some years ago i decided to buy a house in France from an English man. After we agreed a price he sent me the keys and told me to treat the house as though it were already mine. I made several improvements and a week before the final signing he pulled out of the sale. I took him to court in France and 3 years ago I won the case. Since then I have received none of the money awarded. On the first anniversary of the verdict I asked my barrister why I had not been paid and he wrote several letters and sent me a bill for 300 euros. Is there anything I can do to get this matter settled.
Province/Country relating to question : Brittany,France
I employed a solicitor in UK who has English and French law degrees, he put me in touch with a French barrister.
You can have the judgment that you obtained in France transfered to the English courts for enforcement and indeed vice versa. i am not familiar with the application that you would need to be made in France but i can advise that you will require a copy of the judgment and a notarized english translation.
Once the judgment is transferred you can then seek to enforce it as if it were an english judgment, the most appropriate action would depend on what you know of the debtors financial circumstances eg does he own a property in england, in which case the judgment can be registered against his interest in it by way of a charging order. You could engage the services of high court enforcement officers (not bailiffs) to seek recovery of the debt and their own costs or even ultimately petition for is bankruptcy, which h=if he wished to avoid this would mean that he would have to settle the debt assuming that he had the means to do and had not been made bankrupt after you had obtained the order in France.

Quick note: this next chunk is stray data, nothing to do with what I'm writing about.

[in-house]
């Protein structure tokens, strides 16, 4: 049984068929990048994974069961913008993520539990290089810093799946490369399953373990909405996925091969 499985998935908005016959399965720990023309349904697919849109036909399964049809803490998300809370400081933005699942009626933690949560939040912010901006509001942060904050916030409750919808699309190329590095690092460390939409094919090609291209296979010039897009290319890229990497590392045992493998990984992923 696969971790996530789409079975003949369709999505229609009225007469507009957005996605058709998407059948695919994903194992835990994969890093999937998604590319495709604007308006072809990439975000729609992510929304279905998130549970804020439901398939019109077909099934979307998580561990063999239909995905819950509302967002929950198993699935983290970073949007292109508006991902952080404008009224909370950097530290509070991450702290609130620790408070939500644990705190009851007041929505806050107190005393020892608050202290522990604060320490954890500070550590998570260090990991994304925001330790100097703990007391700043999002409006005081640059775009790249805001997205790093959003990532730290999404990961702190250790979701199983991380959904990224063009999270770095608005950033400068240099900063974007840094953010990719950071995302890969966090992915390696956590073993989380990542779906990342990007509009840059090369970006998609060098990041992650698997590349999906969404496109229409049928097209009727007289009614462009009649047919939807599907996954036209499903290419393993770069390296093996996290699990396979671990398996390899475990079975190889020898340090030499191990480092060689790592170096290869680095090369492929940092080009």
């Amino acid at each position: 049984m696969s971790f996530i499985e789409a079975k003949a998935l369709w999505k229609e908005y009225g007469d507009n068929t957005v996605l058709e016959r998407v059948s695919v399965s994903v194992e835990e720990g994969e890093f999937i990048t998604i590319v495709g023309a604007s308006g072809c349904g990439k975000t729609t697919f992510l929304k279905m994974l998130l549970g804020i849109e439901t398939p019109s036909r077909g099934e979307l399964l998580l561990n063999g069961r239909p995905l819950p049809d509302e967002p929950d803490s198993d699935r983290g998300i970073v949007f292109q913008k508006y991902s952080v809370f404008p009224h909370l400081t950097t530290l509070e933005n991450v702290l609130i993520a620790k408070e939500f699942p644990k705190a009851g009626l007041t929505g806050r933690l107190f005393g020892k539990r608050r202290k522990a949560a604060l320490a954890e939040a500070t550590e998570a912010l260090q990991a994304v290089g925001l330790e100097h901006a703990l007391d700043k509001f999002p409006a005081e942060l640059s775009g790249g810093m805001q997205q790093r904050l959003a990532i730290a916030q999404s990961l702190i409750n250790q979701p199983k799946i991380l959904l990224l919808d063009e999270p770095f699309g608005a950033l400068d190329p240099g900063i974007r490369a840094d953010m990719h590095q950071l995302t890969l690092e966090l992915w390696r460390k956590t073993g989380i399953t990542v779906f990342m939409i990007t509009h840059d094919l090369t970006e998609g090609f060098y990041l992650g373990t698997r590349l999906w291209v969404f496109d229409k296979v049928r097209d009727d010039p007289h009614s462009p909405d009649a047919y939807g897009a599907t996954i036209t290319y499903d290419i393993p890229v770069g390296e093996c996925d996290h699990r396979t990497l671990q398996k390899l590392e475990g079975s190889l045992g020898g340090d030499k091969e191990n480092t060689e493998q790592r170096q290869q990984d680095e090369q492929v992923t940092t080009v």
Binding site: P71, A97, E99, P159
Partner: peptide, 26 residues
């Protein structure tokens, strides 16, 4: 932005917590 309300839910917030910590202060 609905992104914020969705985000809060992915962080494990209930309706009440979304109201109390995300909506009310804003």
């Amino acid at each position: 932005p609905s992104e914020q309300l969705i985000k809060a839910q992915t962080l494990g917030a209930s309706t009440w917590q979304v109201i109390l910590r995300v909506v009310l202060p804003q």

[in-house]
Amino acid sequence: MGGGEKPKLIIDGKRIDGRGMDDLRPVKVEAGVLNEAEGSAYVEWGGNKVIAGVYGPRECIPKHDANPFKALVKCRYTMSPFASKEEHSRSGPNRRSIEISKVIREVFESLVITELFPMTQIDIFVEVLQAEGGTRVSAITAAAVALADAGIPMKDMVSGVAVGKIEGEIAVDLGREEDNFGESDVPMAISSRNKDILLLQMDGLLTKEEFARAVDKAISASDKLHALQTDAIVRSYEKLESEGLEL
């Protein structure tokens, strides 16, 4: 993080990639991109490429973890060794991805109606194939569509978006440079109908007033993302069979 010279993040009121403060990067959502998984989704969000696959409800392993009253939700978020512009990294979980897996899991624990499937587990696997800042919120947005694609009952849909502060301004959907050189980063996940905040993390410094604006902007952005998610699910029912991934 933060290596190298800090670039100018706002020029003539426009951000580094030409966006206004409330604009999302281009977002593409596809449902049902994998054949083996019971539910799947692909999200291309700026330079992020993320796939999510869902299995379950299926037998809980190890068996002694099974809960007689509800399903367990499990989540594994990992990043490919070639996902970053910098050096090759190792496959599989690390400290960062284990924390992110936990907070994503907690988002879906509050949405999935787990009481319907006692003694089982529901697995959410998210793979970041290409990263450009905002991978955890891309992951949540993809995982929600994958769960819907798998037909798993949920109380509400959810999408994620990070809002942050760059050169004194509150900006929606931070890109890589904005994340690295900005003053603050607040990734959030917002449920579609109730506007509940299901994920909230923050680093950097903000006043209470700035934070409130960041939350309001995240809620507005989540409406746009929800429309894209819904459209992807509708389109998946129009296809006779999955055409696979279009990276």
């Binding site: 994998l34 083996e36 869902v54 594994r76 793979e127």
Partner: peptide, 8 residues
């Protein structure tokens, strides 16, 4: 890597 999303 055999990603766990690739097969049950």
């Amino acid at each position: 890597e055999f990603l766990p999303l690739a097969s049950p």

I hope this is of help and if so weld ask that click accept. If you have any questions I will try to answer these. thank you
Thank you for your reply. Do you have any idea of the costs of this action as I am now a pensioner with limited funds?
Unfortunately I do not have any idea as to the costs that you might incur in France but if the process were the other way around ie England to France I would estimate fees of around £500.
Once the judgment has been transferred than likely costs for registering the judgment as a charge against the debtors property are likely to be in the region of £300 plus application fee of £75. If you were to seek to engage High Court Enforcement officers they would charge you £50 transfer fee and most charge a flat fee of £70.50 if their attempts to execute the Writ are not successful.
I would recommend that you shop around on the fees or better still speak to a High Court Enforcement Officer, details can be found on the Internet.
Once again I hope this is of help and if so would ask that you click accept. Many thanks.
LL.B (Hons.); Post Grad Diploma in Legal Practice; Admitted 1997;PQE 13 years
DISCLAIMER: Answers from Experts on JustAnswer are not substitutes for the advice of an attorney. JustAnswer is a public forum and questions and responses are not private or confidential or protected by the attorney-client privilege. The Expert above is not your attorney, and the response above is not legal advice. You should not read this response to propose specific action or address specific circumstances, but only to give you a sense of general principles of law that might affect the situation you describe. Application of these general principles to particular circumstances must be done by a lawyer who has spoken with you in confidence, learned all relevant information, and explored various options. Before acting on these general principles, you should hire a lawyer licensed to practice law in the jurisdiction to which your question pertains.
The responses above are from individual Experts, not JustAnswer. The site and services are provided “as is”. To view the verified credential of an Expert, click on the “Verified” symbol in the Expert’s profile. This site is not for emergency questions which should be directed immediately by telephone or in-person to qualified professionals. Please carefully read the Terms of Service (last updated February 8, 2012).